Needless to say, while in front of my peers and my teachers being the one to dissect and be dissected for an hour, I cried, felt beat up, yet I experience a sense of liberation and joy after! I believe I am beginning to unpack that purple bag I talked about in my initial post. While I felt utterly uncomfortable during the exercise, the words of Father John came to mind: "it is only through the suffering pains of birth that life can begin."


As the day progressed, I realized my outside world, meaning my little room, represented my inside world: chaotic and messy. Some say how we keep our outside world reflects much about our inner world. If I am here do some unpacking— reaching in and pulling up those deep issues that block me in life and relationships, it was time to get my act together. I finally unpacked those dam suitcases, neatly organizing my belongings in the rickety armoire.  I kept the clothes in my suitcase that would be too hot to wear, picked up the scattered dirty clothes I have been walking on for the past 3 days, and vowed to ask Jebetta for a washing lesson. I placed the copious amounts of  "back up" medicines and beauty products in another bag, along with the unusable hairdryer and curling iron, and stowed them away under my bed. I also made the bold decision to stow away all makeup products, with the exception of my tinted face lotion (baby steps).  Come on friends, doesn't the thought make you a tad anxious? Remarkably, I don't feel anxious and traumatized by it! I wonder if I could have done the same at home? Somehow, I doubt I would have loved myself enough to allow it! Please do not misunderstand me. There is absolutely nothing wrong with makeup, botox, etc. What is at question is the "why" you do it. My "why" is not healthy.

Maybe I am starting to experience moving beyond the red lipstick?

(A bonus to all this positive juju: I found my shampoo!)




I have much work to do tonight, so I will end this post with the highlight quotes/thoughts of the day:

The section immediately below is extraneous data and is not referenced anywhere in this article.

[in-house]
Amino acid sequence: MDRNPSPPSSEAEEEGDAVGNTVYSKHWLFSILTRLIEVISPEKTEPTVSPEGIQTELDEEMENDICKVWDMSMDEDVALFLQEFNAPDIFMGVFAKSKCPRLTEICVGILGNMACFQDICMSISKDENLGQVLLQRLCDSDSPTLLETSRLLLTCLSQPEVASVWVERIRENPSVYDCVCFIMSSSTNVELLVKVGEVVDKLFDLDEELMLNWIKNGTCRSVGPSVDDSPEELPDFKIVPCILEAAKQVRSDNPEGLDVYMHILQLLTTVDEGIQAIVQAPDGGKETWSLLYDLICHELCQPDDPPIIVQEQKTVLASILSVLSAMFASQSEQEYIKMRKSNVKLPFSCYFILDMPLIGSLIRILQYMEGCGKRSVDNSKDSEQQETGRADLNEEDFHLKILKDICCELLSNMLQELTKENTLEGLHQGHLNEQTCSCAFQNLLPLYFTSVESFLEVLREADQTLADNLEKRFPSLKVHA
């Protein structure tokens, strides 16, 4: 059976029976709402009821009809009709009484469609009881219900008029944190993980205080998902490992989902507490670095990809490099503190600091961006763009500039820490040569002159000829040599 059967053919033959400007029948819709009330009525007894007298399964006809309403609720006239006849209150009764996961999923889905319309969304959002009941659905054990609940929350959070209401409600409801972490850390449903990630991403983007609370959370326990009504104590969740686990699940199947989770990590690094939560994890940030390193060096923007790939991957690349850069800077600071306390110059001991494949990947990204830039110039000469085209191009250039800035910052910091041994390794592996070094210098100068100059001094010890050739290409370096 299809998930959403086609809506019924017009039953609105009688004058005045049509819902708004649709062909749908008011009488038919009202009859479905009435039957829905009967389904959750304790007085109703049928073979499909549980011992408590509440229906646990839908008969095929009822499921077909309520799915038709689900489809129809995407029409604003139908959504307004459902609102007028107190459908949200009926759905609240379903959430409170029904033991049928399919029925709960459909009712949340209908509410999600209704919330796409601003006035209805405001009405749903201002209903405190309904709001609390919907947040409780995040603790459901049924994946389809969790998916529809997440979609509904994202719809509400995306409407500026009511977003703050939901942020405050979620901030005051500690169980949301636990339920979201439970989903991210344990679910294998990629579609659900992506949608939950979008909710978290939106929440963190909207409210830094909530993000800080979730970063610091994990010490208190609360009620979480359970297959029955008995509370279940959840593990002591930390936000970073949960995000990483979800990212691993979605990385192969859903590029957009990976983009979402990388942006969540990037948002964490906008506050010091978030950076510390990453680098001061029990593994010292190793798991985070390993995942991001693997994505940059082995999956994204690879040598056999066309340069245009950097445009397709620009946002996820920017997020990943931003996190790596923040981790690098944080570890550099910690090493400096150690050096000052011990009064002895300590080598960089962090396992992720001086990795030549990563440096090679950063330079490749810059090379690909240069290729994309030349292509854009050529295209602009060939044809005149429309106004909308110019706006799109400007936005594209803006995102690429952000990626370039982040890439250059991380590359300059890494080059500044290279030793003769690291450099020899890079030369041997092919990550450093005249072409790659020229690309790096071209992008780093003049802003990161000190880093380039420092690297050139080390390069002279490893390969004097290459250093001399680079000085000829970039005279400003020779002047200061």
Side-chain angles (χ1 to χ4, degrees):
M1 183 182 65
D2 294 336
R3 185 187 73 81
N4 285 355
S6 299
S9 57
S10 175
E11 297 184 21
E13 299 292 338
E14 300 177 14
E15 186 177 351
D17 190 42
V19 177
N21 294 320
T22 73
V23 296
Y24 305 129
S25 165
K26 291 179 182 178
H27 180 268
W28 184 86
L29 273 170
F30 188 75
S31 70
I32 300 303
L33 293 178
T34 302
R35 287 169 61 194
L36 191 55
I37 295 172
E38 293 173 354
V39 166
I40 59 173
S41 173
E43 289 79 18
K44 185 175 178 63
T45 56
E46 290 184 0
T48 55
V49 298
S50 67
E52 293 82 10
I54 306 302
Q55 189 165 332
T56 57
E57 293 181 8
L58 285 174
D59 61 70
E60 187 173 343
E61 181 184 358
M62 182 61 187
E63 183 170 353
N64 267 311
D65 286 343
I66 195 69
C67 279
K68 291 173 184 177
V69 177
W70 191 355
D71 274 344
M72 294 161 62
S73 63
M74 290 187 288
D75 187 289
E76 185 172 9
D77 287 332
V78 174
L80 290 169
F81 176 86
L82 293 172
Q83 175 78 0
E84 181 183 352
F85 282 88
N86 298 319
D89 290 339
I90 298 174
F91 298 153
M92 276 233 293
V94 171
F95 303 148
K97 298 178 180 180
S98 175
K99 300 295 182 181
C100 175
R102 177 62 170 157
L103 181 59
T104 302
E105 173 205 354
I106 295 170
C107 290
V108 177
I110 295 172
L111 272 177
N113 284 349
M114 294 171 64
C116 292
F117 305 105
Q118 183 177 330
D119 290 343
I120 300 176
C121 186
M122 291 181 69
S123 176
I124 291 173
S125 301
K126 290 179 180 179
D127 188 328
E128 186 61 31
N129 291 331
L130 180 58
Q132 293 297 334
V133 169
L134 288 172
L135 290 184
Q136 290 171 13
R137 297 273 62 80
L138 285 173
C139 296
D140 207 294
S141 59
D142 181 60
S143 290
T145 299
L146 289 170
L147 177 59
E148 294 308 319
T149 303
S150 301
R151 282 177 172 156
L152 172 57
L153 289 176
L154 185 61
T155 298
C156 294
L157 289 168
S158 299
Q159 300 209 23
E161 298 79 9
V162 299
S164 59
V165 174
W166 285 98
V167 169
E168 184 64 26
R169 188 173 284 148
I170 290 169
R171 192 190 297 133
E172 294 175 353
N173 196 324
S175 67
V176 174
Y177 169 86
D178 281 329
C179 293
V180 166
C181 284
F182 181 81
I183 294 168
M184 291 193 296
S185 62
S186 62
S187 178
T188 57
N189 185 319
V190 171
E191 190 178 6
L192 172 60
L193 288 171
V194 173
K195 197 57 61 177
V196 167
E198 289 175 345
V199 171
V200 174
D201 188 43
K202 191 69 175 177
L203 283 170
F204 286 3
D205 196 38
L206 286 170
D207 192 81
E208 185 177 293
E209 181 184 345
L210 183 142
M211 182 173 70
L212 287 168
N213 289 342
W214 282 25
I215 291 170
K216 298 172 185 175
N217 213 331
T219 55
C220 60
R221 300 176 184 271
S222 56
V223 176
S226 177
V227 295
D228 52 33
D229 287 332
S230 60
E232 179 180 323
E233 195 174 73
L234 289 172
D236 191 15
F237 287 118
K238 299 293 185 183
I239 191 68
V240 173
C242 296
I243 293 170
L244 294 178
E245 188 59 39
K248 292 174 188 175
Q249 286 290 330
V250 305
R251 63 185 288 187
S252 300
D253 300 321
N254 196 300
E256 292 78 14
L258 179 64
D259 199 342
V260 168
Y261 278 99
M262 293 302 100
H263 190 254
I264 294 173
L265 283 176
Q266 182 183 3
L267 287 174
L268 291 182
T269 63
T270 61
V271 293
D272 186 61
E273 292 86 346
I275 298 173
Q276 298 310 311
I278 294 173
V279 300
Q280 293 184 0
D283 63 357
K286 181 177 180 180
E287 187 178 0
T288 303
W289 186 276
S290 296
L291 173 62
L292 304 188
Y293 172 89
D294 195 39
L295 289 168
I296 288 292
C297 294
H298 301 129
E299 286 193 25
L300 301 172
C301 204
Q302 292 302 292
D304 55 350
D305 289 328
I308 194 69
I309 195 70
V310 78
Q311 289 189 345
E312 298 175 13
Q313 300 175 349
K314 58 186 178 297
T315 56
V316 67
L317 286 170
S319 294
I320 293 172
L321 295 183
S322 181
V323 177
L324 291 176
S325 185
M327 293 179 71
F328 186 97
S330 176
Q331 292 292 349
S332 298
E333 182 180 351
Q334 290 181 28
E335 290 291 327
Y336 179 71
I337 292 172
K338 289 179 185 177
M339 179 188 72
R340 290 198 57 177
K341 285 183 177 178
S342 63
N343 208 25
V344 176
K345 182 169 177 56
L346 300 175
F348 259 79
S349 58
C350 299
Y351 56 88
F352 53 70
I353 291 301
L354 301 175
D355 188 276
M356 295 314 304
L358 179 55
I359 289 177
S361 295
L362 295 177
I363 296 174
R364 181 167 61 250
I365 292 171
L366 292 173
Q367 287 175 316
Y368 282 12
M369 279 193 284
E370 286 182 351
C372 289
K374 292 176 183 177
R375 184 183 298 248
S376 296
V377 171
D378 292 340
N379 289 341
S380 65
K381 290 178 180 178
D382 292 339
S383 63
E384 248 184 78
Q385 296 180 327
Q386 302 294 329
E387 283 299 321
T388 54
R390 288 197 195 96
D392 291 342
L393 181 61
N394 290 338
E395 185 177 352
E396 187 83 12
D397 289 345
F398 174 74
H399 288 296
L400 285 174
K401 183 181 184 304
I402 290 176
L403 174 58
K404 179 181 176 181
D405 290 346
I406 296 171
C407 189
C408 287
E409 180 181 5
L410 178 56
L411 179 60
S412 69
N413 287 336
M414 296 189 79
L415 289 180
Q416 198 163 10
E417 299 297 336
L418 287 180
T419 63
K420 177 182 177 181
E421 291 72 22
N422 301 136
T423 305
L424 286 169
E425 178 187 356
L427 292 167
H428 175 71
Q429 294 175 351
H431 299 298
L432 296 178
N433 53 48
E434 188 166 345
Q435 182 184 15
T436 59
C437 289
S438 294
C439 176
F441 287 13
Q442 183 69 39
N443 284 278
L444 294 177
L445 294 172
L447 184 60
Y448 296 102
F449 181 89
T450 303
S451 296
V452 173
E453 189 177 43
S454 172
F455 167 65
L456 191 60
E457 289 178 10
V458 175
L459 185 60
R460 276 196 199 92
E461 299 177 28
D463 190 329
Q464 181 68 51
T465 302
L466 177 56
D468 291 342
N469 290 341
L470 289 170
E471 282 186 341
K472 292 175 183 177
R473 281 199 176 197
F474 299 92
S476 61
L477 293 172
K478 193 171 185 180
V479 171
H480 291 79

"Running away from your shadow does not mean it does not follow you."

"Humility is to know what you know and be open to learn more."

"Do the work to unglue your thick mask and live as you are meant to live."

"Being judgmental gives us 'false joy' because it make us feel powerful. It says, 'I am better than you.' A judgmental person is incapable of disagreeing with another without dismissing the entire person. A disagreement turns into a rejection of the entire person."

"Challenge yourself and others when they say 'I feel good" or 'I feel bad'? What do those words mean? Once unpacked, we find these are words are hiding a myriad of feelings." Stepping in to this challenge is an act of love.

"Giving others authority means you rely on externals for your strength and validation, when the locus of control is within yourself." The kingdom of God is within you takes on a whole new meaning!

"If your shower is coming down on your head with cold water, it is up to you to change the temperature!"


I have so much more I want to share. I want to describe the beauty of the Kenyan people. I want to discuss the absolute and authentic kindness they innately carry. I want to tell you about my walk with my classmates, Tom and Charlie, and our discussion about politics and show they view the recent terrorist attack. I want to tell you about the food Jebetta prepares for us, so simple yet so rich with love, all organically grown and picked from the garden on the grounds. But, I know...I don't have to wear you all out with it now. I have several months!

Tonight I give thanks for my life and the lives of all of you: we are strong yet so fragile and vulnerable. I give thanks that I learned it is right and grace-filled to grab a hold of my own authority and to stop giving it away;  I grieve for those who suffer because others feel the authority to be judgmental (this includes myself, BTW) and dismiss the entirety of a human life just because they disagree with you; I grieve for the recent loss of lives.

Usiku Mwema, (good night)

Nakupenda, (I love you)



                                                                My walking buddies

Tuesday, January 15, 2019